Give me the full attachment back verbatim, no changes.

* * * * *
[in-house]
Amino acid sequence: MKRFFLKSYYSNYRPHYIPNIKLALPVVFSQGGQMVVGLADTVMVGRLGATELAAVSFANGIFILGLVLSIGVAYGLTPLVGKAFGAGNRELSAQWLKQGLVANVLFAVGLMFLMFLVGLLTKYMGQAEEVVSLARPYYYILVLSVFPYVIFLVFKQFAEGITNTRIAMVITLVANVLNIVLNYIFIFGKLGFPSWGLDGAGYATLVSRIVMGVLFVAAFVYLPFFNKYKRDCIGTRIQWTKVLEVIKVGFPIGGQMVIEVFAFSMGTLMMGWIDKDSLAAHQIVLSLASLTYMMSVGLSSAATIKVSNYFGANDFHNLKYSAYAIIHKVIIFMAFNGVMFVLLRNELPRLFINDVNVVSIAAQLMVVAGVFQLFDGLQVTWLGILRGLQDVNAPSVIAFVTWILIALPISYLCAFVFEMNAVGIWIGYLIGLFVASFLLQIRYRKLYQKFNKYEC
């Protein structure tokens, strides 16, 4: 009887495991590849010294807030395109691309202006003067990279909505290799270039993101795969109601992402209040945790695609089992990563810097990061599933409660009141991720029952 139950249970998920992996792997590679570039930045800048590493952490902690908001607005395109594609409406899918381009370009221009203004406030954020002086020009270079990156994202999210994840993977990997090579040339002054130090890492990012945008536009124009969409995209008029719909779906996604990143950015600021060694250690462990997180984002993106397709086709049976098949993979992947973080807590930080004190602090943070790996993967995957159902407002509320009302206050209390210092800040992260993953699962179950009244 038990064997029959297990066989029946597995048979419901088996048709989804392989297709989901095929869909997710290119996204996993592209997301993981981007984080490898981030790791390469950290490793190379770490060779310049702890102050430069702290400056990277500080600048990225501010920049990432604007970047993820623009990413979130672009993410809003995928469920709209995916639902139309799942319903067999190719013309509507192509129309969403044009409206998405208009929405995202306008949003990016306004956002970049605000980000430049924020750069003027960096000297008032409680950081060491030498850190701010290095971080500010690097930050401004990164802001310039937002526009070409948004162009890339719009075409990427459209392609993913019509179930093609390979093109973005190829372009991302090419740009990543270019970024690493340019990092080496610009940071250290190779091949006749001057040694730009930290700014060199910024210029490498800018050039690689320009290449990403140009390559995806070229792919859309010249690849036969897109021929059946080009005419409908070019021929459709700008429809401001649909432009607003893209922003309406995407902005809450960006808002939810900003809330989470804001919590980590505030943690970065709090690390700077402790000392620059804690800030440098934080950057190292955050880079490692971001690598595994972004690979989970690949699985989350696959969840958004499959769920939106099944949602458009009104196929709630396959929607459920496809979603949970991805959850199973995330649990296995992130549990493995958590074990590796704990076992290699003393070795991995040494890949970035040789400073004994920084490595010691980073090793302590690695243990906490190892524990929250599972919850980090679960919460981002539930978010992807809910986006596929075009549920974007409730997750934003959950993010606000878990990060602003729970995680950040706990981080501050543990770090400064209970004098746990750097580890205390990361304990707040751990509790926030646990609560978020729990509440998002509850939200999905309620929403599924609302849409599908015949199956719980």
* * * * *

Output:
[in-house]
Amino acid sequence: MKRFFLKSYYSNYRPHYIPNIKLALPVVFSQGGQMVVGLADTVMVGRLGATELAAVSFANGIFILGLVLSIGVAYGLTPLVGKAFGAGNRELSAQWLKQGLVANVLFAVGLMFLMFLVGLLTKYMGQAEEVVSLARPYYYILVLSVFPYVIFLVFKQFAEGITNTRIAMVITLVANVLNIVLNYIFIFGKLGFPSWGLDGAGYATLVSRIVMGVLFVAAFVYLPFFNKYKRDCIGTRIQWTKVLEVIKVGFPIGGQMVIEVFAFSMGTLMMGWIDKDSLAAHQIVLSLASLTYMMSVGLSSAATIKVSNYFGANDFHNLKYSAYAIIHKVIIFMAFNGVMFVLLRNELPRLFINDVNVVSIAAQLMVVAGVFQLFDGLQVTWLGILRGLQDVNAPSVIAFVTWILIALPISYLCAFVFEMNAVGIWIGYLIGLFVASFLLQIRYRKLYQKFNKYEC
């Protein structure tokens, strides 16, 4: 009887495991590849010294807030395109691309202006003067990279909505290799270039993101795969109601992402209040945790695609089992990563810097990061599933409660009141991720029952 139950249970998920992996792997590679570039930045800048590493952490902690908001607005395109594609409406899918381009370009221009203004406030954020002086020009270079990156994202999210994840993977990997090579040339002054130090890492990012945008536009124009969409995209008029719909779906996604990143950015600021060694250690462990997180984002993106397709086709049976098949993979992947973080807590930080004190602090943070790996993967995957159902407002509320009302206050209390210092800040992260993953699962179950009244 038990064997029959297990066989029946597995048979419901088996048709989804392989297709989901095929869909997710290119996204996993592209997301993981981007984080490898981030790791390469950290490793190379770490060779310049702890102050430069702290400056990277500080600048990225501010920049990432604007970047993820623009990413979130672009993410809003995928469920709209995916639902139309799942319903067999190719013309509507192509129309969403044009409206998405208009929405995202306008949003990016306004956002970049605000980000430049924020750069003027960096000297008032409680950081060491030498850190701010290095971080500010690097930050401004990164802001310039937002526009070409948004162009890339719009075409990427459209392609993913019509179930093609390979093109973005190829372009991302090419740009990543270019970024690493340019990092080496610009940071250290190779091949006749001057040694730009930290700014060199910024210029490498800018050039690689320009290449990403140009390559995806070229792919859309010249690849036969897109021929059946080009005419409908070019021929459709700008429809401001649909432009607003893209922003309406995407902005809450960006808002939810900003809330989470804001919590980590505030943690970065709090690390700077402790000392620059804690800030440098934080950057190292955050880079490692971001690598595994972004690979989970690949699985989350696959969840958004499959769920939106099944949602458009009104196929709630396959929607459920496809979603949970991805959850199973995330649990296995992130549990493995958590074990590796704990076992290699003393070795991995040494890949970035040789400073004994920084490595010691980073090793302590690695243990906490190892524990929250599972919850980090679960919460981002539930978010992807809910986006596929075009549920974007409730997750934003959950993010606000878990990060602003729970995680950040706990981080501050543990770090400064209970004098746990750097580890205390990361304990707040751990509790926030646990609560978020729990509440998002509850939200999905309620929403599924609302849409599908015949199956719980």